Last year was supposed to be Pierre Karl Péladeau's year – the relaunching of Quebec sovereigntist fervour under a new, passionate PQ leader. But it was not.
Worse, 2016 looks as if it is becoming another annus horribilis.
The Quebecor Inc. supremo was elected to take the helm of the Parti Québécois in May. In August, his wedding to Julie Snyder, a popular producer and TV personality and the mother of his two younger children, was the social event of 2015, with a large gathering of celebrity guests. But the media hype did not translate into an increase in voting intentions for the PQ or a surge of popularity for its leader.
On Monday, less than six months into the marriage, the couple announced their separation – a personal tragedy that has intersected with politics. Last June, Ms. Snyder, who enthusiastically supported her husband's leadership campaign, tearfully announced she had to sell part of her company, Productions J, because she lost access to the tax credits that are now reserved for independent producers (most of her television shows were broadcast on TVA, property of her then-fiancé).
In the fall, Ms. Snyder went from being stylishly thin to dangerously skinny. She told a worried interviewer that no, she was not anorexic, but under extreme stress. The power couple had gone through a stormy separation in January, 2014, after more than 10 years together, but had reunited after counselling.
Meanwhile, controversies plagued Mr. Péladeau's first months as Leader of the Opposition. He was harshly criticized, for example, for his refusal to form a "true" blind trust to manage his assets (he forbids his trustees to sell his shares in Quebecor Media).
True to his tough and impulsive ways as heir to a media empire, he alienated many PQ activists with reckless dismissals and appointments. Even his good ideas backfire. He has said he intends to give a "substantial amount" of his fortune to a sovereigntist think tank he wants to create – but considering the proposed institute's proximity to the PQ, this might go against Quebec electoral financing laws. When MNAs from another opposition party said he was disregarding the electoral law, he threatened to sue – a reaction typical of a business owner used to having his own way.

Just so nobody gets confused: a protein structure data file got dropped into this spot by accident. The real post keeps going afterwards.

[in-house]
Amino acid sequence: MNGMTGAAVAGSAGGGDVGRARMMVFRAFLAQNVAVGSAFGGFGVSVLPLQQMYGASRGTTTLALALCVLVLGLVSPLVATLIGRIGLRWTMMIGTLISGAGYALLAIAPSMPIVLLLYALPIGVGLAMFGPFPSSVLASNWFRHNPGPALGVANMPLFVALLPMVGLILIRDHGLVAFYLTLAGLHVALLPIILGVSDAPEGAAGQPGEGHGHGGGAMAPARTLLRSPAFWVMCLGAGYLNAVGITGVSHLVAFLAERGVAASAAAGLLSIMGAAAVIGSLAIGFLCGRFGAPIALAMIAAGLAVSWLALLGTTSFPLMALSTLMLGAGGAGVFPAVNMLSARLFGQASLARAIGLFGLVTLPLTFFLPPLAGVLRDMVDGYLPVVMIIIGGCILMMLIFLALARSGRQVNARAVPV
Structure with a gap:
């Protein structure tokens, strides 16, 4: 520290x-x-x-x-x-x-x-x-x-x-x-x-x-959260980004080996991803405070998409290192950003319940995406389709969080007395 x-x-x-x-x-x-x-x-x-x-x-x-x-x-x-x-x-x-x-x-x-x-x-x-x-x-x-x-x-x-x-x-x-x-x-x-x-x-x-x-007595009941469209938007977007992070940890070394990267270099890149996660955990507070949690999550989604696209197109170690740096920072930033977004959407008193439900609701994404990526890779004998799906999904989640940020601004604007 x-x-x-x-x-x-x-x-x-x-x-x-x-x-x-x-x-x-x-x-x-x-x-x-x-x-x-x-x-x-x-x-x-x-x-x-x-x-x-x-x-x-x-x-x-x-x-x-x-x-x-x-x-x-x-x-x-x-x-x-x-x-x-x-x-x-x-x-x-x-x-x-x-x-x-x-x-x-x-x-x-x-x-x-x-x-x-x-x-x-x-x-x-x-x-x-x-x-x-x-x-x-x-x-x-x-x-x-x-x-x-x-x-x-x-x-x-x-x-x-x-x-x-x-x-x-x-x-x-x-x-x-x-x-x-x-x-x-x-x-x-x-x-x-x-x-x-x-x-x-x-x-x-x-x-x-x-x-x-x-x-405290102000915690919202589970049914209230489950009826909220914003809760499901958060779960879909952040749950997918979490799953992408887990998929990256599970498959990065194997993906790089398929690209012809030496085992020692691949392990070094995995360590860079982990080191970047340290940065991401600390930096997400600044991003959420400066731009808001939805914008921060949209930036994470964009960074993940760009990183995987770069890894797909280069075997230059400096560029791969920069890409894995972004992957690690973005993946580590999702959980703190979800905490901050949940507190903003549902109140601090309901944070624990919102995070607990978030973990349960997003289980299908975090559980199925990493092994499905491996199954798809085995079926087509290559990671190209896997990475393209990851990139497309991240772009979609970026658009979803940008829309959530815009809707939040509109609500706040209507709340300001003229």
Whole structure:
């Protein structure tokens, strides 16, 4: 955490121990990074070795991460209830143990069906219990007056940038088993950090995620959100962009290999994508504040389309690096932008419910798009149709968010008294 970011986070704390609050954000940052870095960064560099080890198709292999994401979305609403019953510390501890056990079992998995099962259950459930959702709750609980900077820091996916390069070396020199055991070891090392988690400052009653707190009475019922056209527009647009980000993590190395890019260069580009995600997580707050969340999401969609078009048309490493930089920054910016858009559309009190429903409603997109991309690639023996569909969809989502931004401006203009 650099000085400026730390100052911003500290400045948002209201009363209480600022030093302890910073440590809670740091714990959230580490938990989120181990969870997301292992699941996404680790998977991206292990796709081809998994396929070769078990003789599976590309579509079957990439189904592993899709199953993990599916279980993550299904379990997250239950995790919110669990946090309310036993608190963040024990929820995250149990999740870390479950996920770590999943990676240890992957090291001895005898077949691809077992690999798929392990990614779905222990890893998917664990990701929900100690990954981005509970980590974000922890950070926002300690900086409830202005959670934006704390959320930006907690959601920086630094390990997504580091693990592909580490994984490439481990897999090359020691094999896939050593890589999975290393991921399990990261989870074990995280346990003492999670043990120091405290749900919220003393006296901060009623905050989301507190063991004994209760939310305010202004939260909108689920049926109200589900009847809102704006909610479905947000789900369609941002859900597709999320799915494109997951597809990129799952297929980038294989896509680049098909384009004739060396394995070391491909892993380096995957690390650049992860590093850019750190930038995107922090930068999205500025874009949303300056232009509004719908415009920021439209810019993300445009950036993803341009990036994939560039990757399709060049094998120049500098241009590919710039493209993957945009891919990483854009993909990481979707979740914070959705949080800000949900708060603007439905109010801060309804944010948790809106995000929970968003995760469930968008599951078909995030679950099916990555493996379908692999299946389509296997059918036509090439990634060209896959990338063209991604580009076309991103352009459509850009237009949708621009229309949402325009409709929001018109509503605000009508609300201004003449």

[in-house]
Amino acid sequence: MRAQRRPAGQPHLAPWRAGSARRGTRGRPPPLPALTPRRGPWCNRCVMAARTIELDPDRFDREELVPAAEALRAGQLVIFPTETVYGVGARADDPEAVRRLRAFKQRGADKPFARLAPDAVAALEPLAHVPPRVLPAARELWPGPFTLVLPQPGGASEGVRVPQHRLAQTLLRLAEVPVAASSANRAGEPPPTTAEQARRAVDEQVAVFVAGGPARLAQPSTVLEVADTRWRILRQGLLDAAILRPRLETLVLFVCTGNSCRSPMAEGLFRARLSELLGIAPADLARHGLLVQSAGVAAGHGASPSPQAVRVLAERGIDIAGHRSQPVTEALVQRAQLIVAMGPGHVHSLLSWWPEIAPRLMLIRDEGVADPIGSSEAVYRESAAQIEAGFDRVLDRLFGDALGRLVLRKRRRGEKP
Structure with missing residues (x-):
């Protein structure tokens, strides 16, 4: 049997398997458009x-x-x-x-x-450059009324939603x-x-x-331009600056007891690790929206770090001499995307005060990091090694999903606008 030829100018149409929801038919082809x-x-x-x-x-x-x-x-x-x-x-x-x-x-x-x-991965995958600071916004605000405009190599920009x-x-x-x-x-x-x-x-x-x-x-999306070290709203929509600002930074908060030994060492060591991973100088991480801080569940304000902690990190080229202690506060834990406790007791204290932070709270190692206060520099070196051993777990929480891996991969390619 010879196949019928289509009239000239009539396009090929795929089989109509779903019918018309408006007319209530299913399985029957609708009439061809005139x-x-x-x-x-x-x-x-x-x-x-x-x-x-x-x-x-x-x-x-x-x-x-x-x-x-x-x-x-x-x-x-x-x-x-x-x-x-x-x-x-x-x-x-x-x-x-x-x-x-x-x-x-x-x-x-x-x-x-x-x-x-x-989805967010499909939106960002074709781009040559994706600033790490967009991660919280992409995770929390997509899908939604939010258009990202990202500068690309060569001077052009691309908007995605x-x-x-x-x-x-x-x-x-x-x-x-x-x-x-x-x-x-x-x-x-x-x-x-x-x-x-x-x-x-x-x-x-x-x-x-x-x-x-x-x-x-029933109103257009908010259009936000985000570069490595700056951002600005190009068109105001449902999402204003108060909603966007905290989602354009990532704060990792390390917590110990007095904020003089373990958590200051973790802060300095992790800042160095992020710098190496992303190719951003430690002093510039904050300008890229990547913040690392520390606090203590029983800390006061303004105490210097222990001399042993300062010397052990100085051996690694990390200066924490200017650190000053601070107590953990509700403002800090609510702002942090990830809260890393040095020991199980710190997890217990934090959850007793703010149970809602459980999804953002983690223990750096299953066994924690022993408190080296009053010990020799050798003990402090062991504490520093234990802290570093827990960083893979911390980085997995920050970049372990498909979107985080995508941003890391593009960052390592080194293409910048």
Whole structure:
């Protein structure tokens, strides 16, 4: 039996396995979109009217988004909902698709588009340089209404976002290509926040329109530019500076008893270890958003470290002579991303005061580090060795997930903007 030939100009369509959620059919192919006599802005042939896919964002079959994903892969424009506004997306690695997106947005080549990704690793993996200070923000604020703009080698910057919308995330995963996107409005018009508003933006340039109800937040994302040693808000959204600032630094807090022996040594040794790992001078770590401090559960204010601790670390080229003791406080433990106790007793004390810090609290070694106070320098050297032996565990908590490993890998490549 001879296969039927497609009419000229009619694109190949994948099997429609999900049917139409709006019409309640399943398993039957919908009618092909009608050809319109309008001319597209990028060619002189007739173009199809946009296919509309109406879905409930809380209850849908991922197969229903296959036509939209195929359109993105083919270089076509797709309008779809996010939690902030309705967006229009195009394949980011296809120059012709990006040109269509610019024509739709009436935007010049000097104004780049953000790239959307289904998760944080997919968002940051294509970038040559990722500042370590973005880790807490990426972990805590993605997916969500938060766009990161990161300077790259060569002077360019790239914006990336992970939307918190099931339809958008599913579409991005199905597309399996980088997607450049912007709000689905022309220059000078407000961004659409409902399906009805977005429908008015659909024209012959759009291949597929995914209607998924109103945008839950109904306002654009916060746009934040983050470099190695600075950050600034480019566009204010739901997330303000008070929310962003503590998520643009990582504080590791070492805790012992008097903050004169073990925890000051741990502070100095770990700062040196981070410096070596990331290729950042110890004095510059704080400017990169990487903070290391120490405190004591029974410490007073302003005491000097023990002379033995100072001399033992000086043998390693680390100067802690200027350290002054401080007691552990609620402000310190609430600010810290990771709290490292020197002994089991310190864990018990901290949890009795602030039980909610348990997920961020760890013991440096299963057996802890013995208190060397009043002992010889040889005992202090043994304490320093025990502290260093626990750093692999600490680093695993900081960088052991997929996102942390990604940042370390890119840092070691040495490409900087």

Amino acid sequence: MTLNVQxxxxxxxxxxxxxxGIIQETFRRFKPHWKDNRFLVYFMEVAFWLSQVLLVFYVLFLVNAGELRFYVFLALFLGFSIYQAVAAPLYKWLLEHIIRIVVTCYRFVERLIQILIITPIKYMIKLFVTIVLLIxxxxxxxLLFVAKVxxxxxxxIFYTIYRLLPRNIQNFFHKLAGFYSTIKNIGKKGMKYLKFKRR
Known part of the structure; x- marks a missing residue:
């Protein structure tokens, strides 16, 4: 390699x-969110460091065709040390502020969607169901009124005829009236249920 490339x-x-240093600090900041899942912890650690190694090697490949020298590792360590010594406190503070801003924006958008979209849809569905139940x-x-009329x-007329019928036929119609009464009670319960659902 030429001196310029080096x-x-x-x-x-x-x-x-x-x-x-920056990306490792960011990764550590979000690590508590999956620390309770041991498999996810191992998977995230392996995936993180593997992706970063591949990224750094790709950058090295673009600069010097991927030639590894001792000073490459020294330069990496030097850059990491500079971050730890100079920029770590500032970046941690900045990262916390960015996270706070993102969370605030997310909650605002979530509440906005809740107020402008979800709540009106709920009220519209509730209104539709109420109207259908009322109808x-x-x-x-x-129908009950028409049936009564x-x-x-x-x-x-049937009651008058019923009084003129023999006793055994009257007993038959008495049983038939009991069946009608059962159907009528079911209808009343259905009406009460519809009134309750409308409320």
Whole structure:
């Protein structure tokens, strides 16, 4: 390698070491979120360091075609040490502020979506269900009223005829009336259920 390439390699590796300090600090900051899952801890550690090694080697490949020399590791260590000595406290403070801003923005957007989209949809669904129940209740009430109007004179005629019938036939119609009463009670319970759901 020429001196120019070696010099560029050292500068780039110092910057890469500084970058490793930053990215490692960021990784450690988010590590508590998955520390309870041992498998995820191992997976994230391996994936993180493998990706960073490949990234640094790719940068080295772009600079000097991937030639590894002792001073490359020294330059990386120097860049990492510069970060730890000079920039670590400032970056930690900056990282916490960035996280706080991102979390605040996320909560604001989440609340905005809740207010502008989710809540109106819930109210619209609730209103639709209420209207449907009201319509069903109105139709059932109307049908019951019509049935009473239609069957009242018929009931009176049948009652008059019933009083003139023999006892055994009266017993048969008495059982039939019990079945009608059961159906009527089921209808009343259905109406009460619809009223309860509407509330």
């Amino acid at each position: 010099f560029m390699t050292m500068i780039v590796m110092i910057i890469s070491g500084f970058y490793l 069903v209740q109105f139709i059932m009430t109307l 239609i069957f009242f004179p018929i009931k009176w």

To top it all, La Presse and Radio-Canada reported that some of Quebecor's subsidiaries had used tax havens. Although these moves were legal, such revelations cast an aspiring premier in a negative light. In the past few days, Mr. Péladeau found himself on the defensive again, just as his marriage was unravelling.
Meanwhile, his inability to adapt to the tricky art of politics is a widespread cause of worry among his troops, as they see the PQ unable to gain ground despite the relative unpopularity of Premier Philippe Couillard's Liberal government.
Sometimes, however, being a relative newcomer helps Mr. Péladeau to see things outside the narrow box of the Quebec political class. In November, he was panned by commentators for his mild reaction to a declaration from Ghislain Picard, chief of Quebec's First Nations, who said that if the province were to become independent, aboriginal people would decide for themselves whether to go with Quebec or Canada.
Mr. Péladeau told reporters the issue was complex. What he did not say, as all Quebec party leaders have routinely done, was that the partition of Quebec is not negotiable. Never mind the anglophone districts of Montreal's futile claim for partition. But who can say that the Crees in northern Quebec would not have a strong case in law and in the court of international opinion? Mr. Péladeau's cautious reaction, as politically incorrect as it was, actually made sense.
For now, though, the PQ Leader has more pressing problems than a hypothetical partition of Quebec. At stake are his future as a political leader, as a father and as a man who may face a tough fight over alimony.